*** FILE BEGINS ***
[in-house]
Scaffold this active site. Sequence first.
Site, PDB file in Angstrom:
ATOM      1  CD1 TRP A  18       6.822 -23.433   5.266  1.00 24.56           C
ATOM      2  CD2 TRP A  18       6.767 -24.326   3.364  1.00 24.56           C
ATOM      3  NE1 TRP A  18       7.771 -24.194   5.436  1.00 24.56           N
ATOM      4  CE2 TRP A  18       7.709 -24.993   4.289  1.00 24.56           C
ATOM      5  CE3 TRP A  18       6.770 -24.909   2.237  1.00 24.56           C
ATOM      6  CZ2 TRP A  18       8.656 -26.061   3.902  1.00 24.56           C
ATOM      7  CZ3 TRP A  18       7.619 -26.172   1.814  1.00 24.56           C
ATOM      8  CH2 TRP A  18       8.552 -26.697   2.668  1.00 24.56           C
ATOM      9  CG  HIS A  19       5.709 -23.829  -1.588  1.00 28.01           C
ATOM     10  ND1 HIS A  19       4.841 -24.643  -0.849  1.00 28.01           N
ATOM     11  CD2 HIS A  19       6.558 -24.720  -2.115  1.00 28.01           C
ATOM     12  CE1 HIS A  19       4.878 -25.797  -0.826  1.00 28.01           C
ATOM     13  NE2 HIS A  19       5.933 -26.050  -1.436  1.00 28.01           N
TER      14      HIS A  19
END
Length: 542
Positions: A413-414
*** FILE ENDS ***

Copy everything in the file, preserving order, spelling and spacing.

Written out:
[in-house]
Scaffold this active site. Sequence first.
Site, PDB file in Angstrom:
ATOM      1  CD1 TRP A  18       6.822 -23.433   5.266  1.00 24.56           C
ATOM      2  CD2 TRP A  18       6.767 -24.326   3.364  1.00 24.56           C
ATOM      3  NE1 TRP A  18       7.771 -24.194   5.436  1.00 24.56           N
ATOM      4  CE2 TRP A  18       7.709 -24.993   4.289  1.00 24.56           C
ATOM      5  CE3 TRP A  18       6.770 -24.909   2.237  1.00 24.56           C
ATOM      6  CZ2 TRP A  18       8.656 -26.061   3.902  1.00 24.56           C
ATOM      7  CZ3 TRP A  18       7.619 -26.172   1.814  1.00 24.56           C
ATOM      8  CH2 TRP A  18       8.552 -26.697   2.668  1.00 24.56           C
ATOM      9  CG  HIS A  19       5.709 -23.829  -1.588  1.00 28.01           C
ATOM     10  ND1 HIS A  19       4.841 -24.643  -0.849  1.00 28.01           N
ATOM     11  CD2 HIS A  19       6.558 -24.720  -2.115  1.00 28.01           C
ATOM     12  CE1 HIS A  19       4.878 -25.797  -0.826  1.00 28.01           C
ATOM     13  NE2 HIS A  19       5.933 -26.050  -1.436  1.00 28.01           N
TER      14      HIS A  19
END
Length: 542
Positions: A413-414